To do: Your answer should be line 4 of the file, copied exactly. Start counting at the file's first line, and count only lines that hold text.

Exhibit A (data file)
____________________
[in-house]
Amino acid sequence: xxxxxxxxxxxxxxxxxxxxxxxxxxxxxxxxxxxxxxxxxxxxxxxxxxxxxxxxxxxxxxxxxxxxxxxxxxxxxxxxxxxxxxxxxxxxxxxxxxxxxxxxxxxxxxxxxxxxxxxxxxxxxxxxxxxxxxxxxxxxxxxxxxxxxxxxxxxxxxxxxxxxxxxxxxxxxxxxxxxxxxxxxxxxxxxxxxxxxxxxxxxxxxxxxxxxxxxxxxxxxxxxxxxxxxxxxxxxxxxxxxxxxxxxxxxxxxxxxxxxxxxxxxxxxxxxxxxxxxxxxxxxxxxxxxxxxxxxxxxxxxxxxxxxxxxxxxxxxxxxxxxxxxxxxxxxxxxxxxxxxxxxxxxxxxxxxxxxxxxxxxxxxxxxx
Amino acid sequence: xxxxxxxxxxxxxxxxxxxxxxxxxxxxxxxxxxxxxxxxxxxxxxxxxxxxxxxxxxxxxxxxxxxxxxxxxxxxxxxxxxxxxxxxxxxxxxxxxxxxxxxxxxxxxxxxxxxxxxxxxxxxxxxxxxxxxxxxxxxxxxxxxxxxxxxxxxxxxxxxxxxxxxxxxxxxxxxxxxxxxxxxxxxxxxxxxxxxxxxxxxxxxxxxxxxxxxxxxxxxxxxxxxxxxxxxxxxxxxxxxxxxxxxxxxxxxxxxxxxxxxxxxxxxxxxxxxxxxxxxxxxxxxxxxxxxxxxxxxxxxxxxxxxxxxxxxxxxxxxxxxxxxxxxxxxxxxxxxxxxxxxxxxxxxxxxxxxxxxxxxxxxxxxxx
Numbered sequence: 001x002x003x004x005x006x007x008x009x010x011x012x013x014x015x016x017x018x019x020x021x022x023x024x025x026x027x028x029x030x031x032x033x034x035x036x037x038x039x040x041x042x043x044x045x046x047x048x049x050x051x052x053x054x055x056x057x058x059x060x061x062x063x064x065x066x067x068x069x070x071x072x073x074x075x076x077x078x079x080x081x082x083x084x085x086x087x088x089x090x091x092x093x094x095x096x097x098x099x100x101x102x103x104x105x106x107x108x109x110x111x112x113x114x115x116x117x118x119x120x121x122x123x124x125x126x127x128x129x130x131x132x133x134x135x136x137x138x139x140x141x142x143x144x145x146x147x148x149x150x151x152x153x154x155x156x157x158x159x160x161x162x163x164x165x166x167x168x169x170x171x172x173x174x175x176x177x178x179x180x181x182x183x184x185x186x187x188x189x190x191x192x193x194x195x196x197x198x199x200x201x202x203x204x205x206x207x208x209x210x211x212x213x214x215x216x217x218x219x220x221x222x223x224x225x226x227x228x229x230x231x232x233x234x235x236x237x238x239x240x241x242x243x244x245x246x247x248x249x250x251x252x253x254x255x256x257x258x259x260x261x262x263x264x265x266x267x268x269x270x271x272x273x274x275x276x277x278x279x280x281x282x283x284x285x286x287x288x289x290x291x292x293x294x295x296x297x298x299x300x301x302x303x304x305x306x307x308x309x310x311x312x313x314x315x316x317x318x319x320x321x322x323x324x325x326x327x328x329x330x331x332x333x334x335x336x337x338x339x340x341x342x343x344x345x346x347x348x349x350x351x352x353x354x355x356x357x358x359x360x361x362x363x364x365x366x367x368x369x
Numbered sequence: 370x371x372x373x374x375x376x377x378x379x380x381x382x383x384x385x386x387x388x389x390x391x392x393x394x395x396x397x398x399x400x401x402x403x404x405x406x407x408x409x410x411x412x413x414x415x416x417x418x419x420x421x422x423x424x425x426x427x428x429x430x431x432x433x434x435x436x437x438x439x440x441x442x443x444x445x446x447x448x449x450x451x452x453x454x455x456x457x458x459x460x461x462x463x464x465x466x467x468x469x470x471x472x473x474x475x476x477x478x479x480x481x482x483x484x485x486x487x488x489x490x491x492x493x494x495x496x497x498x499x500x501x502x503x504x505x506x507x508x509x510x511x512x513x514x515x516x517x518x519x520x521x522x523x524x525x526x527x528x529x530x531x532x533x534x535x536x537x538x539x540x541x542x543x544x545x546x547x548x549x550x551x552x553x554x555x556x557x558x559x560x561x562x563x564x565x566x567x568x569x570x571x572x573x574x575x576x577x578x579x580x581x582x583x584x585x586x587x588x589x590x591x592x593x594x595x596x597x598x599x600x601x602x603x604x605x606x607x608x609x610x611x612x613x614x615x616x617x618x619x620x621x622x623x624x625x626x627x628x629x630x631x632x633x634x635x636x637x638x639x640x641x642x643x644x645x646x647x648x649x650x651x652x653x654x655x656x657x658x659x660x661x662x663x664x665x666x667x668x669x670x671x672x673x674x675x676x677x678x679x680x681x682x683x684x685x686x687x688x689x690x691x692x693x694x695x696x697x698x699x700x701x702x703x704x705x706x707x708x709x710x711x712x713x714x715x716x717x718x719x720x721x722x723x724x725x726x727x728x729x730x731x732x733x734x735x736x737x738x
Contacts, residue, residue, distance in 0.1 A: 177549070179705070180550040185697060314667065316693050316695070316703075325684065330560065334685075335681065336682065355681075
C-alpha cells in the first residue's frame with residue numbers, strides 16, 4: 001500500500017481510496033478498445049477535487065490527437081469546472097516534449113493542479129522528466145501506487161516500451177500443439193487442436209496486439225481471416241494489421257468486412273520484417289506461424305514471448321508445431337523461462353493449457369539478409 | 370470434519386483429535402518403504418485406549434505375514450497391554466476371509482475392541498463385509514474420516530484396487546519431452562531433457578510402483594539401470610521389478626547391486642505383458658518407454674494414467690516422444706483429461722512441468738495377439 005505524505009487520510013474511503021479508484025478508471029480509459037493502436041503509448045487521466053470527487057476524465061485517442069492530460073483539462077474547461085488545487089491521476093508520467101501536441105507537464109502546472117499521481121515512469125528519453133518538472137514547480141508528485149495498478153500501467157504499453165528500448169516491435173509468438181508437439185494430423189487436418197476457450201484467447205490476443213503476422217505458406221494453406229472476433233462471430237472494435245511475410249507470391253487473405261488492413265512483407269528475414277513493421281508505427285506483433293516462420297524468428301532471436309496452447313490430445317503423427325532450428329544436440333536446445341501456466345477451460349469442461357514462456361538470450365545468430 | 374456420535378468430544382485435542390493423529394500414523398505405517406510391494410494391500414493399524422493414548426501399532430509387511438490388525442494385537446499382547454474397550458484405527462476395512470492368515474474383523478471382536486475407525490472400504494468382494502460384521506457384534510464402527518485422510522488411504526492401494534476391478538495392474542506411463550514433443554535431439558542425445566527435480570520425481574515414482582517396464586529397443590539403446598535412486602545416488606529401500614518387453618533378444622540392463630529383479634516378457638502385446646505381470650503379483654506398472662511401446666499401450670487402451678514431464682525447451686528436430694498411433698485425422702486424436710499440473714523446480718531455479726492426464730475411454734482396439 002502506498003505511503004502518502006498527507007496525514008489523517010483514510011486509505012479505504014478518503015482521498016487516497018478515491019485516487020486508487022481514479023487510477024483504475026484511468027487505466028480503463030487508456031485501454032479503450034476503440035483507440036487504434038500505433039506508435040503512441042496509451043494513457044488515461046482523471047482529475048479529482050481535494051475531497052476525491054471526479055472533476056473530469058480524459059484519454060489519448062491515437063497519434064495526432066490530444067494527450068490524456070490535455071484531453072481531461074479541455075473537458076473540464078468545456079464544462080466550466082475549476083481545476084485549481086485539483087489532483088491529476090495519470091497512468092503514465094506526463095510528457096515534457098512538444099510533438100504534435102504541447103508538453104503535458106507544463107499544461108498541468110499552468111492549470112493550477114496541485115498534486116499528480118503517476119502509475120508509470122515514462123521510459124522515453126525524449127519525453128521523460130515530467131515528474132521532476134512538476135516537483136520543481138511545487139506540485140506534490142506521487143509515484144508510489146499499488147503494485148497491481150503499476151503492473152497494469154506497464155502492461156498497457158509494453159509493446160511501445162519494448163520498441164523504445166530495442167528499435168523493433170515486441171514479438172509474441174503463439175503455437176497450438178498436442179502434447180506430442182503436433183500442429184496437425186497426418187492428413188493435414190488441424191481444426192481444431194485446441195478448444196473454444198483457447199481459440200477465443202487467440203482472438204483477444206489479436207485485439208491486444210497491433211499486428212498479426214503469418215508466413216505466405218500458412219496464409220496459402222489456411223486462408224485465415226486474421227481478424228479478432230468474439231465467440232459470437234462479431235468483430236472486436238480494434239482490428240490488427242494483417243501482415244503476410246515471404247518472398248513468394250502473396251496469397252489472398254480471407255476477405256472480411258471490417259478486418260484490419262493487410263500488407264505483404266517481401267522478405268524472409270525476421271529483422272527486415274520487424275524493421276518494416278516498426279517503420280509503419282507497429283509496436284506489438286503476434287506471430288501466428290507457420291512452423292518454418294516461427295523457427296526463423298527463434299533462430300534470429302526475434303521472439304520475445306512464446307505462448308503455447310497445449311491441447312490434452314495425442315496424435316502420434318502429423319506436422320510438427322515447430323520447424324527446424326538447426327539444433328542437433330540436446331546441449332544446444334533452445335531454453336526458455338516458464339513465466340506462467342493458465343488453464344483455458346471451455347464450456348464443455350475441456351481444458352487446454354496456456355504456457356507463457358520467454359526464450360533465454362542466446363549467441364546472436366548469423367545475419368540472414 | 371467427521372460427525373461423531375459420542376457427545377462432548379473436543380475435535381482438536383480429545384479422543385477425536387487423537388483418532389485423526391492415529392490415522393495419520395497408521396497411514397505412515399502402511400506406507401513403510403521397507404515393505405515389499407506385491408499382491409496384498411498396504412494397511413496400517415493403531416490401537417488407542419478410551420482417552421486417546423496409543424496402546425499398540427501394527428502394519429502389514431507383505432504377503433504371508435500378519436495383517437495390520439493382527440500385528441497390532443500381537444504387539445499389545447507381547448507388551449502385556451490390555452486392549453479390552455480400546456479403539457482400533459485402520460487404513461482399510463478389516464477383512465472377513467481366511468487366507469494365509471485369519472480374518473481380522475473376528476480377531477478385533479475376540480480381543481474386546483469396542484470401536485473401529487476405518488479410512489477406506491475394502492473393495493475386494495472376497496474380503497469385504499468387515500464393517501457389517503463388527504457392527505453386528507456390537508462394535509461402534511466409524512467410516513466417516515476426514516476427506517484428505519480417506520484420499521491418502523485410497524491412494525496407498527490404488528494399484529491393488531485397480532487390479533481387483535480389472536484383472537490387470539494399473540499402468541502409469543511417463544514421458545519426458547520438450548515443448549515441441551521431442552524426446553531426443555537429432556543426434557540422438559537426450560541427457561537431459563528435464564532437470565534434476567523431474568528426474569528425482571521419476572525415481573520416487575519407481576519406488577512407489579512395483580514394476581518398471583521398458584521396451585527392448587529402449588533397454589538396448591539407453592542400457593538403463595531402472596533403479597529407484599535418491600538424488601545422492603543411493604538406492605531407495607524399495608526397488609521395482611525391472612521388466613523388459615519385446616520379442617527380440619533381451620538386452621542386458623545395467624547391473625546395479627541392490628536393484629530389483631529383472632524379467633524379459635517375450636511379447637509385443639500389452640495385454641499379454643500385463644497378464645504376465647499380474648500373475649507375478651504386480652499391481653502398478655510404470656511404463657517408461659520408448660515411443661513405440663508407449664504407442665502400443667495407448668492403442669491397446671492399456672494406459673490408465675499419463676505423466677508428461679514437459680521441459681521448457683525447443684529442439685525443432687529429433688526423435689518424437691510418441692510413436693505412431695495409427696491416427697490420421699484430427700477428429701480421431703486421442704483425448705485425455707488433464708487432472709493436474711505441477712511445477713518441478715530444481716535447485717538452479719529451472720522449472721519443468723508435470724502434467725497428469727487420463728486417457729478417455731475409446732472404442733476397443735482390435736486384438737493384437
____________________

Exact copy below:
Numbered sequence: 001x002x003x004x005x006x007x008x009x010x011x012x013x014x015x016x017x018x019x020x021x022x023x024x025x026x027x028x029x030x031x032x033x034x035x036x037x038x039x040x041x042x043x044x045x046x047x048x049x050x051x052x053x054x055x056x057x058x059x060x061x062x063x064x065x066x067x068x069x070x071x072x073x074x075x076x077x078x079x080x081x082x083x084x085x086x087x088x089x090x091x092x093x094x095x096x097x098x099x100x101x102x103x104x105x106x107x108x109x110x111x112x113x114x115x116x117x118x119x120x121x122x123x124x125x126x127x128x129x130x131x132x133x134x135x136x137x138x139x140x141x142x143x144x145x146x147x148x149x150x151x152x153x154x155x156x157x158x159x160x161x162x163x164x165x166x167x168x169x170x171x172x173x174x175x176x177x178x179x180x181x182x183x184x185x186x187x188x189x190x191x192x193x194x195x196x197x198x199x200x201x202x203x204x205x206x207x208x209x210x211x212x213x214x215x216x217x218x219x220x221x222x223x224x225x226x227x228x229x230x231x232x233x234x235x236x237x238x239x240x241x242x243x244x245x246x247x248x249x250x251x252x253x254x255x256x257x258x259x260x261x262x263x264x265x266x267x268x269x270x271x272x273x274x275x276x277x278x279x280x281x282x283x284x285x286x287x288x289x290x291x292x293x294x295x296x297x298x299x300x301x302x303x304x305x306x307x308x309x310x311x312x313x314x315x316x317x318x319x320x321x322x323x324x325x326x327x328x329x330x331x332x333x334x335x336x337x338x339x340x341x342x343x344x345x346x347x348x349x350x351x352x353x354x355x356x357x358x359x360x361x362x363x364x365x366x367x368x369x